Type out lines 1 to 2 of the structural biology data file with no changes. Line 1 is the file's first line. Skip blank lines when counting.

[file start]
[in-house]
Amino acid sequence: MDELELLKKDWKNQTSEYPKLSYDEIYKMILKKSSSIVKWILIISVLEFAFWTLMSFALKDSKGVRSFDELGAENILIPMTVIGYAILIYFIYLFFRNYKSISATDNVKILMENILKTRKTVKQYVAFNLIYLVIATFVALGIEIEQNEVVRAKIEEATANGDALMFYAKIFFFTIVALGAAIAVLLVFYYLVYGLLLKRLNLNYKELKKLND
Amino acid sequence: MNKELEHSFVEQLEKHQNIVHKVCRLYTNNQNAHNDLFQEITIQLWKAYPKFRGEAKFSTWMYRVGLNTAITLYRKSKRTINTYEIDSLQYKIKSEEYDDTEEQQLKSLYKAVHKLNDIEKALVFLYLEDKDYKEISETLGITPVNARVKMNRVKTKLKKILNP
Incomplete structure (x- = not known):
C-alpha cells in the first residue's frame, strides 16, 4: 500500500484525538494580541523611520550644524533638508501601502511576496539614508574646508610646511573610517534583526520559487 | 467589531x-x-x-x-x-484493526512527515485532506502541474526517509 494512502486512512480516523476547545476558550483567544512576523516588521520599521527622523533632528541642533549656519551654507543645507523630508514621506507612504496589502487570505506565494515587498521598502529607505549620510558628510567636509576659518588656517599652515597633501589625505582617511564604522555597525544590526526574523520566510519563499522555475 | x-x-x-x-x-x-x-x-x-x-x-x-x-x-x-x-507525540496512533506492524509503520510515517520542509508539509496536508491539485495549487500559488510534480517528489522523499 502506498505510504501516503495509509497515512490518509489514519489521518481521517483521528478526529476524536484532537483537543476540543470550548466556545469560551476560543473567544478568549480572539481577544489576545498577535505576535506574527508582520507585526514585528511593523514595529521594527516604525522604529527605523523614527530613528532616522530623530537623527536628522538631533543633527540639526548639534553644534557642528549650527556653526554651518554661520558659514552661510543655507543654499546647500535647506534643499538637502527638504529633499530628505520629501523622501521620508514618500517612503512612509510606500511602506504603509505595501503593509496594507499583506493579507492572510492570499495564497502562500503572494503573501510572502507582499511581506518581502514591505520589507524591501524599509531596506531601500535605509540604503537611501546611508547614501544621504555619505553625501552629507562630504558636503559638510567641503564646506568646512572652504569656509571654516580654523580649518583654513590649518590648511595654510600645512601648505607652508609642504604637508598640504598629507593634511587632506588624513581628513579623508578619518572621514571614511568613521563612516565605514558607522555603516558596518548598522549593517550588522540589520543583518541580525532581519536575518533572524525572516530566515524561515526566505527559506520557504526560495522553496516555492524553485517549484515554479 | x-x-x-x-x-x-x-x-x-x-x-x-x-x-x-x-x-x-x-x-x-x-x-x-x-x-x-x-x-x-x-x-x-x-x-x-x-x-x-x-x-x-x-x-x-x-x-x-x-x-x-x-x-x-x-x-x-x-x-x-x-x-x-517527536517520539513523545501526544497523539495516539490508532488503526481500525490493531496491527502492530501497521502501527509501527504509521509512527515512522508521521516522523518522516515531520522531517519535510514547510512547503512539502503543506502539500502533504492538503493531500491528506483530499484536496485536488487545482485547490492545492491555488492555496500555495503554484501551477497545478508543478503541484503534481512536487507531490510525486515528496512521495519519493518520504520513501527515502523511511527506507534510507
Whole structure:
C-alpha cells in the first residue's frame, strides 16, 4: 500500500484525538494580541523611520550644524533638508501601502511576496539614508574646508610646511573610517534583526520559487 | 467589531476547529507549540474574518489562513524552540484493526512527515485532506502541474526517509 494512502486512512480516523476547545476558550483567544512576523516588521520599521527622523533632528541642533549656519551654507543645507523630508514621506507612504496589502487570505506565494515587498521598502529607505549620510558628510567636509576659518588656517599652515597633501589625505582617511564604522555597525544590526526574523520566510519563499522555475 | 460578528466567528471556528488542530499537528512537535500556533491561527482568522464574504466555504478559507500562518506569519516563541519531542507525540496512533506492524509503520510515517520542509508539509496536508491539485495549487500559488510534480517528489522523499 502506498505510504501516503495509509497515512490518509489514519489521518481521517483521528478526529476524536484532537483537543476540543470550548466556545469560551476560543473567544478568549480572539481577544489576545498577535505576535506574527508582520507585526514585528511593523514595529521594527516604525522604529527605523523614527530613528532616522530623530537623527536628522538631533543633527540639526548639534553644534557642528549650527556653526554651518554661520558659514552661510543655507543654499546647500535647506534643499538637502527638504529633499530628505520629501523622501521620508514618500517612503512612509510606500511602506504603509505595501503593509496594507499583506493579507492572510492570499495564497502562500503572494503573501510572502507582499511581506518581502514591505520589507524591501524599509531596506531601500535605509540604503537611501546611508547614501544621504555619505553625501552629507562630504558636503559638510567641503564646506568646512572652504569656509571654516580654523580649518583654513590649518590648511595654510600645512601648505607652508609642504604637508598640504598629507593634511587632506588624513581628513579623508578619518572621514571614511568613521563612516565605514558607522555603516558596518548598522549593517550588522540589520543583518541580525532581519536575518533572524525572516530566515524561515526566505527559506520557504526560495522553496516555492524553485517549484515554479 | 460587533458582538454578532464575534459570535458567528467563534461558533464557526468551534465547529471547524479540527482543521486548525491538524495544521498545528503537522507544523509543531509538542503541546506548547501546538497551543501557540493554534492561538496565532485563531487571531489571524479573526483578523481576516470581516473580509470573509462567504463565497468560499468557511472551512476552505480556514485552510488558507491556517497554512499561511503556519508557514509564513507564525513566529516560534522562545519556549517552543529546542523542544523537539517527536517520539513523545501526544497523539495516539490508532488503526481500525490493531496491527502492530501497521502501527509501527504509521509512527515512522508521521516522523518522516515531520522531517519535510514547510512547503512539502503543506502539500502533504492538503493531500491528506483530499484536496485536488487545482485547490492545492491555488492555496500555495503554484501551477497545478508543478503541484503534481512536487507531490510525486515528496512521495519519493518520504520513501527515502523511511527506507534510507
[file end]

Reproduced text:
[in-house]
Amino acid sequence: MDELELLKKDWKNQTSEYPKLSYDEIYKMILKKSSSIVKWILIISVLEFAFWTLMSFALKDSKGVRSFDELGAENILIPMTVIGYAILIYFIYLFFRNYKSISATDNVKILMENILKTRKTVKQYVAFNLIYLVIATFVALGIEIEQNEVVRAKIEEATANGDALMFYAKIFFFTIVALGAAIAVLLVFYYLVYGLLLKRLNLNYKELKKLND